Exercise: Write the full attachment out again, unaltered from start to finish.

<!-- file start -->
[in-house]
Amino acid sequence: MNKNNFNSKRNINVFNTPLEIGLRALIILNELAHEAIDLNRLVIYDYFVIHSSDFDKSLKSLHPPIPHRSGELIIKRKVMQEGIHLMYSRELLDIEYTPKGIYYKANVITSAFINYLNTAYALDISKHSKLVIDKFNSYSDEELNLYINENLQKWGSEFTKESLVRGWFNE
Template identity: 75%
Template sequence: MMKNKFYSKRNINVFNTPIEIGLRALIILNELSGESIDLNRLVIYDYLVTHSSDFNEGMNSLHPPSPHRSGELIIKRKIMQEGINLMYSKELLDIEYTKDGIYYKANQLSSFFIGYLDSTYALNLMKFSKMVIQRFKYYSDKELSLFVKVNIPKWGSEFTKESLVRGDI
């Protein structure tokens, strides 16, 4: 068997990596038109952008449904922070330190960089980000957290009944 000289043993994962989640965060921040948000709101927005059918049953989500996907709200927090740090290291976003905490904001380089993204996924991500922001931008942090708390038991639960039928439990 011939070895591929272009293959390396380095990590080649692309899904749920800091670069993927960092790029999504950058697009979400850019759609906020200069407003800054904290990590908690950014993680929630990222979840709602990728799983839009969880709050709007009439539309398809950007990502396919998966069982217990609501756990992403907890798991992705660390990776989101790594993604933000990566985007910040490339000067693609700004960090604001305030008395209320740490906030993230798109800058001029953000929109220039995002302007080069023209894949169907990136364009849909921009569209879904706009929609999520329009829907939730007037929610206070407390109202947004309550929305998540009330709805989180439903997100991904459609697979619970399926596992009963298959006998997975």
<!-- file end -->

[in-house]
Amino acid sequence: MNKNNFNSKRNINVFNTPLEIGLRALIILNELAHEAIDLNRLVIYDYFVIHSSDFDKSLKSLHPPIPHRSGELIIKRKVMQEGIHLMYSRELLDIEYTPKGIYYKANVITSAFINYLNTAYALDISKHSKLVIDKFNSYSDEELNLYINENLQKWGSEFTKESLVRGWFNE
Template identity: 75%
Template sequence: MMKNKFYSKRNINVFNTPIEIGLRALIILNELSGESIDLNRLVIYDYLVTHSSDFNEGMNSLHPPSPHRSGELIIKRKIMQEGINLMYSKELLDIEYTKDGIYYKANQLSSFFIGYLDSTYALNLMKFSKMVIQRFKYYSDKELSLFVKVNIPKWGSEFTKESLVRGDI
């Protein structure tokens, strides 16, 4: 068997990596038109952008449904922070330190960089980000957290009944 000289043993994962989640965060921040948000709101927005059918049953989500996907709200927090740090290291976003905490904001380089993204996924991500922001931008942090708390038991639960039928439990 011939070895591929272009293959390396380095990590080649692309899904749920800091670069993927960092790029999504950058697009979400850019759609906020200069407003800054904290990590908690950014993680929630990222979840709602990728799983839009969880709050709007009439539309398809950007990502396919998966069982217990609501756990992403907890798991992705660390990776989101790594993604933000990566985007910040490339000067693609700004960090604001305030008395209320740490906030993230798109800058001029953000929109220039995002302007080069023209894949169907990136364009849909921009569209879904706009929609999520329009829907939730007037929610206070407390109202947004309550929305998540009330709805989180439903997100991904459609697979619970399926596992009963298959006998997975």